I had run 800 meters in 2 minutes and 24 seconds in Uruguay. The qualifying time was 2 minutes 17. In the first tournament in Argentina I ran the distance in 2:18 and in the second one, held in Rosario, I went down to 2:12. That was a giant click because I was on the podium, established the highest South American record in the under-18 category when I was only 16 years old and I ranked first for the South American event.

It brought about great joy and, at the same time, a lot of pressure because I knew that in my first official South American competition they would try to put me down because I had establish the record. I finished second with 2:13.

You were 16 years old and had won a silver medal and established a South American record. It should’ve been very intense. How did you cope with those feelings?

I was very happy, but I was also upset with myself because the girl that defeated me took advantage over the last 100 meters. However, my trainer and I always talk about establishing goals and looking ahead. So qualifying for the junior Pan-American Games was our objective.

I devoted my work in 2013 to reach that goal. That was another incredible experience because it was the first time I competed with non-South American athletes (United States, Canada, Jamaica). It’s another league: they train in a high performance center, they fly. I train in a grit-and-cinders track, a land track with a black dust where you cannot wear spikes because they break every week. So I keep on running at the Centenarian Park and I come to Montevideo to check my times.

Colombia was my first experience with true professionals, and I ran 800 and 1,500 m. It was terrible, but I improved my time in 800 m. I knew that I was only racing against the South American athletes. I never thought about the two North Americans, two Canadians and one Cuban on the race. I ranked sixth and stood out as the best South American athlete. In 2013 I returned to the South American event and finished second.

You also turned 18 that year. How was the change of category?

I began running in other categories and in 2014 we worked to qualify for the Athletics World Championship in Oregon, United States. The requirements were even higher: the qualifying time was 2 minutes and nine seconds. I traveled to Argentina so as to compete, but I didn’t make that time. The South American Games were also held that year (Odesur) and I was invited. Once again, if you don’t face strong athletes your results remain the same.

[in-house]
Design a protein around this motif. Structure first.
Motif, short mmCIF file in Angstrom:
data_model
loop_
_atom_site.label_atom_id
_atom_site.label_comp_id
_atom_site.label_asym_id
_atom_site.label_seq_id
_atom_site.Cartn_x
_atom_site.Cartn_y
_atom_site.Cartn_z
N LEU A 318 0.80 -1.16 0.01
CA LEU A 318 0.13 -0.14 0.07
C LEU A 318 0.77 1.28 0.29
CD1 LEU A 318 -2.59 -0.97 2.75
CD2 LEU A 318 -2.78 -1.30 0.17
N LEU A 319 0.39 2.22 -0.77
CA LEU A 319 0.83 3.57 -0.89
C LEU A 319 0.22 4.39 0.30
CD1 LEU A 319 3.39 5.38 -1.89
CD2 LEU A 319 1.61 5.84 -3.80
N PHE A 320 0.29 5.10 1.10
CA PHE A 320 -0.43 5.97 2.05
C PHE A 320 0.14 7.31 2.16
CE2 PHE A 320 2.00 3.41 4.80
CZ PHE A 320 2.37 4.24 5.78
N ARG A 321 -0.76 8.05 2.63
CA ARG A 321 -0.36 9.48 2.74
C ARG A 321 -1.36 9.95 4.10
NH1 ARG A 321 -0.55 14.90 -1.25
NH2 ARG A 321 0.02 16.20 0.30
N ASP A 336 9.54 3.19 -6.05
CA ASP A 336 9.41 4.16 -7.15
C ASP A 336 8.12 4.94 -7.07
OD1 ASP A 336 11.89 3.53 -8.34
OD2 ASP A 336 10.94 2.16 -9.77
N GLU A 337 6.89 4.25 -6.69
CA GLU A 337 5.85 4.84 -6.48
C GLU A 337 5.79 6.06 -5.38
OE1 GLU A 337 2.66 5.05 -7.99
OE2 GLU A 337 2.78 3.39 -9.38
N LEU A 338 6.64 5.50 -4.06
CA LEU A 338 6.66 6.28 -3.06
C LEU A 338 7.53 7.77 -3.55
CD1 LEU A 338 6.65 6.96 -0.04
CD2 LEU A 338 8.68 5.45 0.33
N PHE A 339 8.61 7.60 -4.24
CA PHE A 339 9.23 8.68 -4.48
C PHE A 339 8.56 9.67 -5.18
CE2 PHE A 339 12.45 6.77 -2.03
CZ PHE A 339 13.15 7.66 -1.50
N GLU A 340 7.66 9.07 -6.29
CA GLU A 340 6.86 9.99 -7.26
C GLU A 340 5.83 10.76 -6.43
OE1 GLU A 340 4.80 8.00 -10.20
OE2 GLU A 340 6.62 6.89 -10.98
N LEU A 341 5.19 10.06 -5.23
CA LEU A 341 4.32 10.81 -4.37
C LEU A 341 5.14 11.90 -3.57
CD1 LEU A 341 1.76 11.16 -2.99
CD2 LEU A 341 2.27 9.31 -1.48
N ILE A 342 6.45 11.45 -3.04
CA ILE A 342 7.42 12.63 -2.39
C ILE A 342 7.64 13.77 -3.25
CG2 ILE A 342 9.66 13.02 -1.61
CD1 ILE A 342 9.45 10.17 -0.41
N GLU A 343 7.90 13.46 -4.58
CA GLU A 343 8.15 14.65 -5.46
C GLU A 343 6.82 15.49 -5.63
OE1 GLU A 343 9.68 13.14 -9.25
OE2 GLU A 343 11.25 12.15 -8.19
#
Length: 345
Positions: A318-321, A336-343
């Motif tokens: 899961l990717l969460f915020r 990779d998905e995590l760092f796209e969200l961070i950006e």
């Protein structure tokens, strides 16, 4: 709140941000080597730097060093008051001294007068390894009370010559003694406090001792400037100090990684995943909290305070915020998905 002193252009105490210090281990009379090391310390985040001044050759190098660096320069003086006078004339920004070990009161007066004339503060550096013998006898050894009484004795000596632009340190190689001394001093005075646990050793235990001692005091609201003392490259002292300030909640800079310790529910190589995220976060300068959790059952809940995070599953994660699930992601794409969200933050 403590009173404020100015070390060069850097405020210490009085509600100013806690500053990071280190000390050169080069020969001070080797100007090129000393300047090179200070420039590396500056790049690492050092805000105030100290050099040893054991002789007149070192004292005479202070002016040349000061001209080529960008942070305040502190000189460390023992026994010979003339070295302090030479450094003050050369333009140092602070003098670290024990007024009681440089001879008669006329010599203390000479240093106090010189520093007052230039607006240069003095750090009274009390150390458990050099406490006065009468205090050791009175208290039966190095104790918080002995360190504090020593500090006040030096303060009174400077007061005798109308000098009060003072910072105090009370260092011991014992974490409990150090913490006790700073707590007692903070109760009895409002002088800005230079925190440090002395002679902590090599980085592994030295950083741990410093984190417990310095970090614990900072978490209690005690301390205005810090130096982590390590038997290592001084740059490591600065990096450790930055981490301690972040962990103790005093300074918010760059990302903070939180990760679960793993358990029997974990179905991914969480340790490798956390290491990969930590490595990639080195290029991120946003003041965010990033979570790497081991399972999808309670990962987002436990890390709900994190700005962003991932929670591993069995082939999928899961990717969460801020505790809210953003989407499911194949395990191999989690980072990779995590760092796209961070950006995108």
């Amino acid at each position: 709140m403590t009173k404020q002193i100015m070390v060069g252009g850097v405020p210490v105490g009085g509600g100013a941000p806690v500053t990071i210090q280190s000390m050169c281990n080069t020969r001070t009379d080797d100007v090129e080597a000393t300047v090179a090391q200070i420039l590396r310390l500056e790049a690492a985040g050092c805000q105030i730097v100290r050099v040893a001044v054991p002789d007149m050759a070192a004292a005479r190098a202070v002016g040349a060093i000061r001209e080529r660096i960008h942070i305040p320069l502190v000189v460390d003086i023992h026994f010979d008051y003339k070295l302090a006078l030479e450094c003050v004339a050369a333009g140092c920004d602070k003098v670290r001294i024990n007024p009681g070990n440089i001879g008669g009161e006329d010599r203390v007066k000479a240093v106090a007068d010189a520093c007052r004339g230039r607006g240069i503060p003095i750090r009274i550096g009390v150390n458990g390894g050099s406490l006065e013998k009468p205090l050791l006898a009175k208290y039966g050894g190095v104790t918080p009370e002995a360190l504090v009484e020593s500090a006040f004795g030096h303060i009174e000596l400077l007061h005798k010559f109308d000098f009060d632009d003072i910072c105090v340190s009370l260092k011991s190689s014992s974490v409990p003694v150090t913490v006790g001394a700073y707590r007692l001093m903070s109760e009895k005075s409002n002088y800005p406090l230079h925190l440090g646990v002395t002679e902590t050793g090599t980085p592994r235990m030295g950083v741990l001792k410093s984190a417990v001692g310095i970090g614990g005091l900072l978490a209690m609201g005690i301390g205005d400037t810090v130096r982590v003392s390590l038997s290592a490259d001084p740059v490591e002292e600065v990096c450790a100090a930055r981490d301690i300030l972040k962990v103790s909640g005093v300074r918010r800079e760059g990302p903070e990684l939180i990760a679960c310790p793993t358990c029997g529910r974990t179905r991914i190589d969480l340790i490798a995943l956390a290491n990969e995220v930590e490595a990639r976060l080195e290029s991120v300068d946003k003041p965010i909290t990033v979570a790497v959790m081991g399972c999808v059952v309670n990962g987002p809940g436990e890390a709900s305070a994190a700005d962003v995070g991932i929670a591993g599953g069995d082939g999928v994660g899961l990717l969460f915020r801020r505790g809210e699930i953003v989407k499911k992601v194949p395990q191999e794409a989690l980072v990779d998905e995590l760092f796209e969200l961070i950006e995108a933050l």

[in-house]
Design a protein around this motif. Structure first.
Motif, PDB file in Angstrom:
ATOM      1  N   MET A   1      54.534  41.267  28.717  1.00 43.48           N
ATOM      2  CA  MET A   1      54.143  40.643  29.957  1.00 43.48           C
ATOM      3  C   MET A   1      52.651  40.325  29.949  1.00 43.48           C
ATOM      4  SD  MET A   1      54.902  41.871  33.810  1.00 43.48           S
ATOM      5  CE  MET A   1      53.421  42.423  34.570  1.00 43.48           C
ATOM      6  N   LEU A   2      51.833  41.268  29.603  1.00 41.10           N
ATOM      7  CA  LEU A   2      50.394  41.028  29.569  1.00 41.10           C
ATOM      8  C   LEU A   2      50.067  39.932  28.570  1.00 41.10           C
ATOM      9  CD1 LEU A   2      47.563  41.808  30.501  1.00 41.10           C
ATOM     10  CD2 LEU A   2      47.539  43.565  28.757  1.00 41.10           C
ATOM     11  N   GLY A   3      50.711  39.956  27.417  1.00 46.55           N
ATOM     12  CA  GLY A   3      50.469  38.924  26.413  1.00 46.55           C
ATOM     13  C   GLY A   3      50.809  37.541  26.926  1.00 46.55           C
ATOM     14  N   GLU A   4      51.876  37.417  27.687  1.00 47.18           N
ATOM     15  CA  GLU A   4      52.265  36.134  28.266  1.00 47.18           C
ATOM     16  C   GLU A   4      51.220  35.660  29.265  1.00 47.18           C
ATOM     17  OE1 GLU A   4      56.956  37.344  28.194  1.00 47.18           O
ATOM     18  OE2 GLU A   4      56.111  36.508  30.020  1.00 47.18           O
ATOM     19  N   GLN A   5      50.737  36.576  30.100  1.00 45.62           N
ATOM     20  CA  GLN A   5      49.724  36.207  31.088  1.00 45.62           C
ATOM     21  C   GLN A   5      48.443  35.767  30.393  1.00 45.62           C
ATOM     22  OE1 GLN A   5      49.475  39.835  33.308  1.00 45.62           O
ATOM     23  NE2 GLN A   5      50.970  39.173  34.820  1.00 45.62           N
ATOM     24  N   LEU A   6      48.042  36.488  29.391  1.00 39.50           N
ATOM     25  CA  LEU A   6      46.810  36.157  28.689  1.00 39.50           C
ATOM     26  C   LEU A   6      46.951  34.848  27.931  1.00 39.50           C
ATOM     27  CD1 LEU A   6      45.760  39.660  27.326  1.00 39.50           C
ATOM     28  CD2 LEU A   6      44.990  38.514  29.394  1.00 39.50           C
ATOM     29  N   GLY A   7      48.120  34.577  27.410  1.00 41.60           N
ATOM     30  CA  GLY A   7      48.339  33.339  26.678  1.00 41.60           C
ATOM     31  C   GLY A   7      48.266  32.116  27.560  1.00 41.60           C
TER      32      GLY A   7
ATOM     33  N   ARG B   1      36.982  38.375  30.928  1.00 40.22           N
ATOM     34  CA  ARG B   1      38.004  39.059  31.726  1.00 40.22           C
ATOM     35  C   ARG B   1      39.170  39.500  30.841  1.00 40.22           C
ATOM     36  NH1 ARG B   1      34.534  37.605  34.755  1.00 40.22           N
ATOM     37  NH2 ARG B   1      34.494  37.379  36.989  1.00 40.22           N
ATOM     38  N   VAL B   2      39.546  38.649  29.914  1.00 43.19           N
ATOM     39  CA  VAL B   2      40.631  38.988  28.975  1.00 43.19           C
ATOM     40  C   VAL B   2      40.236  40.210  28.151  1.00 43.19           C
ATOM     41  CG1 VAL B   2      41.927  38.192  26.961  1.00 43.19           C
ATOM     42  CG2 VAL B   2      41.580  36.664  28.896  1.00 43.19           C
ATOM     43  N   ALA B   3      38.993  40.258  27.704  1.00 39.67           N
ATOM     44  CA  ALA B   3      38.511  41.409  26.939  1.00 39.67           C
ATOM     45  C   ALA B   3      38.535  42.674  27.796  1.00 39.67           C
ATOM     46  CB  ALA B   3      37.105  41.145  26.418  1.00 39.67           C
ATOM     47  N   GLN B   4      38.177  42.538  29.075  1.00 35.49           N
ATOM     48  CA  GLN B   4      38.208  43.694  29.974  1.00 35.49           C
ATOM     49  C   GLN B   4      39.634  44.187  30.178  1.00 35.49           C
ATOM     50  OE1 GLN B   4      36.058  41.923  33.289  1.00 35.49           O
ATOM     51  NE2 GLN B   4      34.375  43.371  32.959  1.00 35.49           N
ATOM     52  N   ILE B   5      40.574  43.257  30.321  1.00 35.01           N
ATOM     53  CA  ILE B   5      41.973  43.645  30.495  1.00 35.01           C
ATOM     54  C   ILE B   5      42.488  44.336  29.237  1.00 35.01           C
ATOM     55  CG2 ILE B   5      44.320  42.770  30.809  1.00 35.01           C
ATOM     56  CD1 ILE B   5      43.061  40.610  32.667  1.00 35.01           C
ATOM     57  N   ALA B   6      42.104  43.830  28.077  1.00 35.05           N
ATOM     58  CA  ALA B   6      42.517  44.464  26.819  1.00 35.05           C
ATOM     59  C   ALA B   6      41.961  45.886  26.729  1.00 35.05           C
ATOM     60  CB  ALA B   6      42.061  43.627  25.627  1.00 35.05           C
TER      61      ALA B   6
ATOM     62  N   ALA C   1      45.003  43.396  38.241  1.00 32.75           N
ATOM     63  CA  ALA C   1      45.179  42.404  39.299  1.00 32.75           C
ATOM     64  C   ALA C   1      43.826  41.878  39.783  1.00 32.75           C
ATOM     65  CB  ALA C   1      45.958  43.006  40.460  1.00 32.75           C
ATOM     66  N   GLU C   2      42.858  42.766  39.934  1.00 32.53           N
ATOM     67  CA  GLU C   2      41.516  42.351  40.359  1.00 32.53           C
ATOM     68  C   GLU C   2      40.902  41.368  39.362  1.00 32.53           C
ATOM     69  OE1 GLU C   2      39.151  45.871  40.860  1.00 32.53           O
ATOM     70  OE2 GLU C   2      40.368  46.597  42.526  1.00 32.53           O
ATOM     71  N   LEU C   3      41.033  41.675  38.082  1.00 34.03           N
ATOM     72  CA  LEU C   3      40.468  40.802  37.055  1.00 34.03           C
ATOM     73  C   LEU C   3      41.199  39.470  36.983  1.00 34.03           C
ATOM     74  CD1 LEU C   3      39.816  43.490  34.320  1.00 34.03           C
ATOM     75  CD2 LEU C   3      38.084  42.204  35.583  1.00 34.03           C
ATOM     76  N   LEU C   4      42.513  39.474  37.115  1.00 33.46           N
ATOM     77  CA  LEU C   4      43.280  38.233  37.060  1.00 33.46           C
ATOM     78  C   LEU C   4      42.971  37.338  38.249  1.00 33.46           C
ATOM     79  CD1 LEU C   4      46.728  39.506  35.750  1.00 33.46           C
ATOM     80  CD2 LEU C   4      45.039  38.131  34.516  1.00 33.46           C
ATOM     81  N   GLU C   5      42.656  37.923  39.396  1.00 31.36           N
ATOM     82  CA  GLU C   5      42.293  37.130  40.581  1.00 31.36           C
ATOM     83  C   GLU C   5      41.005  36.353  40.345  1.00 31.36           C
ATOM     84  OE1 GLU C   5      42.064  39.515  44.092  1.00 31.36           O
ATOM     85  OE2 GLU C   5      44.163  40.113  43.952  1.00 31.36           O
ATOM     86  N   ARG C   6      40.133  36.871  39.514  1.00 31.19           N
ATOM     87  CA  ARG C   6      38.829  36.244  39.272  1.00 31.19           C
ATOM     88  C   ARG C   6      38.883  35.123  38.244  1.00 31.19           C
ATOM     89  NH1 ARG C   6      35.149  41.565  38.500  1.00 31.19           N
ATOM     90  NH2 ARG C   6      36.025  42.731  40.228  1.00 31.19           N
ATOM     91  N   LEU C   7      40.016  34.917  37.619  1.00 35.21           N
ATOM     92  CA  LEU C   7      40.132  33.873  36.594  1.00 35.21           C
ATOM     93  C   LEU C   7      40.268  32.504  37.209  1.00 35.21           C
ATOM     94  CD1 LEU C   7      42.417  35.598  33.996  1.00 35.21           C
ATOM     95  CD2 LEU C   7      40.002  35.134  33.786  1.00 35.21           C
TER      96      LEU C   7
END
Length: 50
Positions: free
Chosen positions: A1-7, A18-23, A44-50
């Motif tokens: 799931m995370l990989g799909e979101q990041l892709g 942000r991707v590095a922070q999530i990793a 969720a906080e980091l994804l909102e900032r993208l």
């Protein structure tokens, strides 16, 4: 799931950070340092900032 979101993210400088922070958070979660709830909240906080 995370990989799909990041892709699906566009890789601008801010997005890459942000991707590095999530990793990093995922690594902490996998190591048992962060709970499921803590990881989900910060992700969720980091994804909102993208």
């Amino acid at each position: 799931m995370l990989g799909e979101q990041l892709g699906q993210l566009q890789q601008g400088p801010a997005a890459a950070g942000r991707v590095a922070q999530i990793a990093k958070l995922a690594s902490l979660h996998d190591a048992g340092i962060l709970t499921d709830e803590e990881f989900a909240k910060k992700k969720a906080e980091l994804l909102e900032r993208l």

It was hard to find that competition level in Uruguay and Argentina. I went to Odesur in Chile and ran 800 meters in two minutes, eight seconds and 63 thousandths and I qualified for the World Championship. Furthermore, I broke the national record in 800 meters.

The World Championship was amazing. I spent years watching it on TV while my idols were running. That year I was very lucky to be there with them and run... it was fantastic.

How about the South American Championship?

We knew that we had a chance for the podium, but I was racing against well-trained and experienced girls. I ran and won a bronze medal.

Afterwards, I traveled to San Pablo and this competition marked my career: I ran 1,500 meters in 4 minutes, 26 seconds and 61 thousandths. I established the national under-20 record and the national absolute record. I went all the way to the top.

But that time wasn’t enough to go to the Pan-American Games…

No, it wasn’t. 61 thousandths kept me away from qualifying. I got very angry because I broke national records, but I couldn’t meet the requirements for Toronto Pan-American Games. My trainer told me that qualifying for the Pan-American Games wasn’t included in our plans. Being 20 years old and participating in the Pan-American Games is not totally right… you’re like a baby while the rest of the competitors have impressive experience and level.

That was when I ran in a national competition and I improved my time and broke my own national record: I put it down to 4 minutes, 24 seconds. So, we’re going to do our best in Toronto and we’ll keep on working to raise our level, aiming at the Olympic Games.